Partnership, insurance bring good things to film institute

By Wayne Bryan Published September 9, 2012 at 12:00 a.m.
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PHOTO BY: Rusty Hubbard

Courtney Pledger, interim director of the Hot Springs Documentary Film Institute, is upbeat about the future of the organization’s film festival after an alliance was fashioned with the Hot Springs Chamber of Commerce.

— Having faced perhaps its hardest challenge in its 21 years of existence, the Hot Springs Documentary Film Festival is looking at a brighter future and big things ahead under new management and a new partnership forged with the Hot Springs Chamber of Commerce.

“Many people in Arkansas don’t know the impact this festival has in the world of documentary filmmakers,” said Courtney Pledger, interim director of the Hot Springs Documentary Film Institute, which produces the festival. “I believe this festival can hold a place of influence in the region like the Crystal Bridges Museum and the Clinton Library. Filmmakers want their films to be seen here, and they want to see the films we have at the festival.”

This year is the festival will run from Oct. 12-21.

Pledger, from Little Rock, is “on loan” to the Hot Springs

institute from the Arkansas Motion Picture Institute, a nonprofit organization providing leadership in film education and promoting growth in the film industry in the state. She also serves as executive director of the state institute.

“The institute aids the state’s three film festivals: the Little Rock Festival, this one in Hot Springs and the Ozark Foothills Festival,” Pledger said. “The board of the AMPI loaned me here as our first act in helping the festivals.”

Pledger said she is working closely with the new chairwoman of the Hot Springs institute, Susan Alturi, director of marketing and development at the Little Rock Zoo and a part-time filmmaker.

“Susan and I have both loved this festival forever,” Pledger said.

The documentary institute got into financial trouble after purchasing the parking lot next to the Malco Theatre, which is home to the festival. The institute is now around $300,000 in debt and faced foreclosure on the parking property earlier in the year. The troubles caused a split in the organization’s leadership, and a new board was selected in March.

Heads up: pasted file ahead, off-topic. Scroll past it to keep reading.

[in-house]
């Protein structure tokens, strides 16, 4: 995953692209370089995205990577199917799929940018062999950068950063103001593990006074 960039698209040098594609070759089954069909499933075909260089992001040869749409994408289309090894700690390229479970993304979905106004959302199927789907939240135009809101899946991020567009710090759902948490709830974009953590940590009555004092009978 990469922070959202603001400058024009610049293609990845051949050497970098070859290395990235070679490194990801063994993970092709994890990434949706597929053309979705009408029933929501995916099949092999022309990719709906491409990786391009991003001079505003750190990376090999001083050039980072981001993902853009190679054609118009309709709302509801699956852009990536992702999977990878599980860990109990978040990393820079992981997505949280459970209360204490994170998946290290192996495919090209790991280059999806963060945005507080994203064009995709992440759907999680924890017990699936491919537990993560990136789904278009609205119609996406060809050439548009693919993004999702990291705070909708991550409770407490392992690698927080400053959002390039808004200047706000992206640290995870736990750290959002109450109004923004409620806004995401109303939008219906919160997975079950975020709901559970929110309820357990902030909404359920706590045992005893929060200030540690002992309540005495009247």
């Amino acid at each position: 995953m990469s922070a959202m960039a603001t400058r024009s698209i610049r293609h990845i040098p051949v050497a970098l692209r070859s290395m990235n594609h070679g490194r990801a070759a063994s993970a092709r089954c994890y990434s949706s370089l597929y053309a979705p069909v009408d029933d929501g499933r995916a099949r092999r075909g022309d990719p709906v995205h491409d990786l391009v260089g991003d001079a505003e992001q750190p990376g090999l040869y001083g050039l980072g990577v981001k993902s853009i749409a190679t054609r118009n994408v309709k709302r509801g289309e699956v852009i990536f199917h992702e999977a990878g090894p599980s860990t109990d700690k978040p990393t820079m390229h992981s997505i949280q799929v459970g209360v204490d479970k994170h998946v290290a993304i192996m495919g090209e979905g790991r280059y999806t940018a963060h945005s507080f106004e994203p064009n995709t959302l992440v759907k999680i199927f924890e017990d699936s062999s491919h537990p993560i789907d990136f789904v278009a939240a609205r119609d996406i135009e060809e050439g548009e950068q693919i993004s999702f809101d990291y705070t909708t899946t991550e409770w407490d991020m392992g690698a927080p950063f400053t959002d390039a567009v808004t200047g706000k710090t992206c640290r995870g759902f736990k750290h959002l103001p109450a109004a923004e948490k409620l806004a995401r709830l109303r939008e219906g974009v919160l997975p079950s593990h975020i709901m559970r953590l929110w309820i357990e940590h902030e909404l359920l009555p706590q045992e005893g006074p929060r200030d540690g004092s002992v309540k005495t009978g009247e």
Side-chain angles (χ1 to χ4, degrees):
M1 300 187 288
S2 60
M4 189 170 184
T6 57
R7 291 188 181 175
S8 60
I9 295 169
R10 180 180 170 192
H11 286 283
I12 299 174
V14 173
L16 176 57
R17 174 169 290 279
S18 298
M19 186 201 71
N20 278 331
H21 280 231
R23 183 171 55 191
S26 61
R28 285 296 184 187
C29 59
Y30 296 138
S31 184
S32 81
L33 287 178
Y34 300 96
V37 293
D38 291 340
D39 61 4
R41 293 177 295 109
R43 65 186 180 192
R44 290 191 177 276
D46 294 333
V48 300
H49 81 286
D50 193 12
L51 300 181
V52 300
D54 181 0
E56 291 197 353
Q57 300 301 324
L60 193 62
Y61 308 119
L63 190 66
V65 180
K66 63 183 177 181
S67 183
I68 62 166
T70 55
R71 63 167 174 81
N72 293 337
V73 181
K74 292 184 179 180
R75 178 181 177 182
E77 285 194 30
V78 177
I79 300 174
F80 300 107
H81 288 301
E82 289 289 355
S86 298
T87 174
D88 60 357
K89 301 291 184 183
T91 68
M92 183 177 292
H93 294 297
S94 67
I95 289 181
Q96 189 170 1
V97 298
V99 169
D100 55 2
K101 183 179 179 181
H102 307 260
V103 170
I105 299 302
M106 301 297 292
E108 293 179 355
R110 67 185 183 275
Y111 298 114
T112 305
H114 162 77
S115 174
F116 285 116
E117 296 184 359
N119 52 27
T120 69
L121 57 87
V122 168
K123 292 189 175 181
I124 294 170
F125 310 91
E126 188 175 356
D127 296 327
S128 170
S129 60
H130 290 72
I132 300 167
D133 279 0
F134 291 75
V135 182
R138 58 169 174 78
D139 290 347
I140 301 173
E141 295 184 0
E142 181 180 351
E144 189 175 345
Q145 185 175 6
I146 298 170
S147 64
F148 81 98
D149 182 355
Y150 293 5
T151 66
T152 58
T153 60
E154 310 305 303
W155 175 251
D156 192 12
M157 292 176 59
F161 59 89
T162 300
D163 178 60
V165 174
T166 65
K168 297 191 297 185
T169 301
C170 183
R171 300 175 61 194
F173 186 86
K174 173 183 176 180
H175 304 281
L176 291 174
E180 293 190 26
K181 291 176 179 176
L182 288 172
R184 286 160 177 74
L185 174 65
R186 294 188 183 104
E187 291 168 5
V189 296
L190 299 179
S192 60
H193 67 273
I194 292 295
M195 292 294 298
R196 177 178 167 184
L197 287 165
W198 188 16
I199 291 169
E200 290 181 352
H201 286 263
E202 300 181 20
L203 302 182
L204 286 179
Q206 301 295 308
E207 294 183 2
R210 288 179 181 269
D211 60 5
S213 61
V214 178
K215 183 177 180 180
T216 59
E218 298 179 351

“A lack of leadership has led to a decrease in funding and decrease in support from donors,” Alturi said when the partnership was announced. “It caused a lot of financial trouble to come about for the institute. That is something we are working to change.”

Assisting the documentary institute to keep expenses down and add credibility to the expenses of the festival, the Hot Springs Chamber of Commerce offered help.

“To help with the operational pressure from the expense of having an office in the theater was an easy solution,” said David Byerly, CEO of the Hot Springs Chamber. “We let them have an office here in our offices that saves about $2,000 in utility bills. That was a simple decision that is important to their bottom line.”

Byerly said the office was already there, so it did not cost the chamber of commerce anything. In addition, the chamber has taken on the bookkeeping duties for the institute.

“With the challenged finances, there had been questions about the accounting of the institute,” he said. “Those accounts are now in our accounting system that will bring their handling of finances up to our standards with tight control, formal audits and transparency. It helps build confidence in the community for the institute.”